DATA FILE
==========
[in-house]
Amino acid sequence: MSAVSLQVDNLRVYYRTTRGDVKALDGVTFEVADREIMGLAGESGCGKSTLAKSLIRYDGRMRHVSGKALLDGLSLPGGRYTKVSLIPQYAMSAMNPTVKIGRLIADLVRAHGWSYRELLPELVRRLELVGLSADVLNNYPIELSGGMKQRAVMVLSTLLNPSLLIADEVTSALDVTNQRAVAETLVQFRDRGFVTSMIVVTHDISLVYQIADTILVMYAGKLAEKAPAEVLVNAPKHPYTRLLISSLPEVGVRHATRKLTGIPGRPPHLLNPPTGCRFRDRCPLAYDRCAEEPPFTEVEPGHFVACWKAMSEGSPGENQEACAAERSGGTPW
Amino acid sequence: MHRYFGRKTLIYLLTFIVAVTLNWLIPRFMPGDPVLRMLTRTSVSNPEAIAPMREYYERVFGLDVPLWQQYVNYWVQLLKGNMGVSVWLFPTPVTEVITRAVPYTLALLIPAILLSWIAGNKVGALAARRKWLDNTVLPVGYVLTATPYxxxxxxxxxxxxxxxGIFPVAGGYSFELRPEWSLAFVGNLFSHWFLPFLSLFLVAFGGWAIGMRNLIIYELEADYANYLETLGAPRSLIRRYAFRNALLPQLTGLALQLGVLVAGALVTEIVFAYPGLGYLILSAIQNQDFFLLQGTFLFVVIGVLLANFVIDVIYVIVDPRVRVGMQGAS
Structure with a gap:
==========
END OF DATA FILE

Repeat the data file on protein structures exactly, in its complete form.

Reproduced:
[in-house]
Amino acid sequence: MSAVSLQVDNLRVYYRTTRGDVKALDGVTFEVADREIMGLAGESGCGKSTLAKSLIRYDGRMRHVSGKALLDGLSLPGGRYTKVSLIPQYAMSAMNPTVKIGRLIADLVRAHGWSYRELLPELVRRLELVGLSADVLNNYPIELSGGMKQRAVMVLSTLLNPSLLIADEVTSALDVTNQRAVAETLVQFRDRGFVTSMIVVTHDISLVYQIADTILVMYAGKLAEKAPAEVLVNAPKHPYTRLLISSLPEVGVRHATRKLTGIPGRPPHLLNPPTGCRFRDRCPLAYDRCAEEPPFTEVEPGHFVACWKAMSEGSPGENQEACAAERSGGTPW
Amino acid sequence: MHRYFGRKTLIYLLTFIVAVTLNWLIPRFMPGDPVLRMLTRTSVSNPEAIAPMREYYERVFGLDVPLWQQYVNYWVQLLKGNMGVSVWLFPTPVTEVITRAVPYTLALLIPAILLSWIAGNKVGALAARRKWLDNTVLPVGYVLTATPYxxxxxxxxxxxxxxxGIFPVAGGYSFELRPEWSLAFVGNLFSHWFLPFLSLFLVAFGGWAIGMRNLIIYELEADYANYLETLGAPRSLIRRYAFRNALLPQLTGLALQLGVLVAGALVTEIVFAYPGLGYLILSAIQNQDFFLLQGTFLFVVIGVLLANFVIDVIYVIVDPRVRVGMQGAS
Structure with a gap: